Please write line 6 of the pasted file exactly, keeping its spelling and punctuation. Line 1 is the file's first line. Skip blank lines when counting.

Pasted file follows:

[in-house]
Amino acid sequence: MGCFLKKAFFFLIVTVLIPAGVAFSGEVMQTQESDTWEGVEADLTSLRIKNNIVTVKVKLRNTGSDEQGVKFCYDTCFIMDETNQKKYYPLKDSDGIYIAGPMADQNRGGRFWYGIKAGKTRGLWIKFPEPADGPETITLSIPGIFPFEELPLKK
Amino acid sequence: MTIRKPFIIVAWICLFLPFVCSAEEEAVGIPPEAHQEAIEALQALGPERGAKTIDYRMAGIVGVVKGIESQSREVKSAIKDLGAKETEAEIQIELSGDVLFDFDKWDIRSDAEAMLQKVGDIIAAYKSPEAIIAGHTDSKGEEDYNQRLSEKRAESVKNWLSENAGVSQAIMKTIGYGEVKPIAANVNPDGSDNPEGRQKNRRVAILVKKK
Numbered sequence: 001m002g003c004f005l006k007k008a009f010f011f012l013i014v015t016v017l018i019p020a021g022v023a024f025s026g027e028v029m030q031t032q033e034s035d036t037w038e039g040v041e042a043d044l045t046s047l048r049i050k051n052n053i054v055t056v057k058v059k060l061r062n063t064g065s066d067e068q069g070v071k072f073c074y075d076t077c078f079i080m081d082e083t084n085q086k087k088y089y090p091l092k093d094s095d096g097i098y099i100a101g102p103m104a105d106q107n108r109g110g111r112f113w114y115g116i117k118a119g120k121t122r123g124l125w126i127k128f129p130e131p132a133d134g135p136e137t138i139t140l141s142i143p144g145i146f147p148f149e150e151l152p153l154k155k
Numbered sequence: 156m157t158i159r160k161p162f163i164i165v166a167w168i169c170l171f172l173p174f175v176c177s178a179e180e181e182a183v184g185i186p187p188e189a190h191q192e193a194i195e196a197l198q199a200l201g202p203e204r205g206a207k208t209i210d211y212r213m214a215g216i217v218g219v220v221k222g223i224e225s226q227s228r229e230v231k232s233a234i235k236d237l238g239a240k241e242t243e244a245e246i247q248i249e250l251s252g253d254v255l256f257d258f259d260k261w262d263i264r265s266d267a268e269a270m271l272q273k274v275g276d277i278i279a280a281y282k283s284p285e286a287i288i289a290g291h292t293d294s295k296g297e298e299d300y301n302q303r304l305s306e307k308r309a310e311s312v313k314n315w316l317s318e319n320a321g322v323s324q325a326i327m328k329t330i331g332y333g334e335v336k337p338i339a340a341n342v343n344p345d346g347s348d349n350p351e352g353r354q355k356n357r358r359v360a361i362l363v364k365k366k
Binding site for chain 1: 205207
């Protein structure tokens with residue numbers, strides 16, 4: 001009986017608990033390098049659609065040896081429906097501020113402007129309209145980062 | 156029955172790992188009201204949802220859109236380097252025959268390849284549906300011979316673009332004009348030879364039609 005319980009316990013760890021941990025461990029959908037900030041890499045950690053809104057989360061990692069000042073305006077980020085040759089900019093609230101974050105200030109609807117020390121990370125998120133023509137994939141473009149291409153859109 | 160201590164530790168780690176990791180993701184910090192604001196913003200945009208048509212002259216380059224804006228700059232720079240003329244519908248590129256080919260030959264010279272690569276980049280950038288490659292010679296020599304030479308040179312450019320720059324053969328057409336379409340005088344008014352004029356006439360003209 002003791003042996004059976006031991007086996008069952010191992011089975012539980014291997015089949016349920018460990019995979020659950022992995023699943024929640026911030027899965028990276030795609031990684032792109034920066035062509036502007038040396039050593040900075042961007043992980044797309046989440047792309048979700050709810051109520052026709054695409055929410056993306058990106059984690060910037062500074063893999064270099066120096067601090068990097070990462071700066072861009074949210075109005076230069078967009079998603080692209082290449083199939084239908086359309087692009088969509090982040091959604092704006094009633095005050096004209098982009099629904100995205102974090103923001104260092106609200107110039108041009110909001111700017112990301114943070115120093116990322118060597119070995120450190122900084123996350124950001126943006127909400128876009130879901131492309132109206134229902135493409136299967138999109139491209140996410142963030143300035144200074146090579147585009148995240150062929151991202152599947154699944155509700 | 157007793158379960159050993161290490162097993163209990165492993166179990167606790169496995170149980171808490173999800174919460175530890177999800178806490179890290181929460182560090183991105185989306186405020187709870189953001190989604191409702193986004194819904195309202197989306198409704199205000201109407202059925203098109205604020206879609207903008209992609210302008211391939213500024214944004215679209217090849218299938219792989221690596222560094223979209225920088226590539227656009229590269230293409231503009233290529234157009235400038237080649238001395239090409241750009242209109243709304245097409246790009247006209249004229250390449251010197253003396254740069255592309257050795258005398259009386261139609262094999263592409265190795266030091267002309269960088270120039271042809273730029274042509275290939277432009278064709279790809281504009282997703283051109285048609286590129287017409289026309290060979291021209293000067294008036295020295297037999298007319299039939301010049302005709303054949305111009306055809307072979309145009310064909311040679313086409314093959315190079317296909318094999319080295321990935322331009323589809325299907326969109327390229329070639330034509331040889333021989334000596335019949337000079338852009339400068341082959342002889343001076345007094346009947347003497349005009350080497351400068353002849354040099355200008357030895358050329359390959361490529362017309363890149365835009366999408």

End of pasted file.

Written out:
Binding site for chain 1: 205207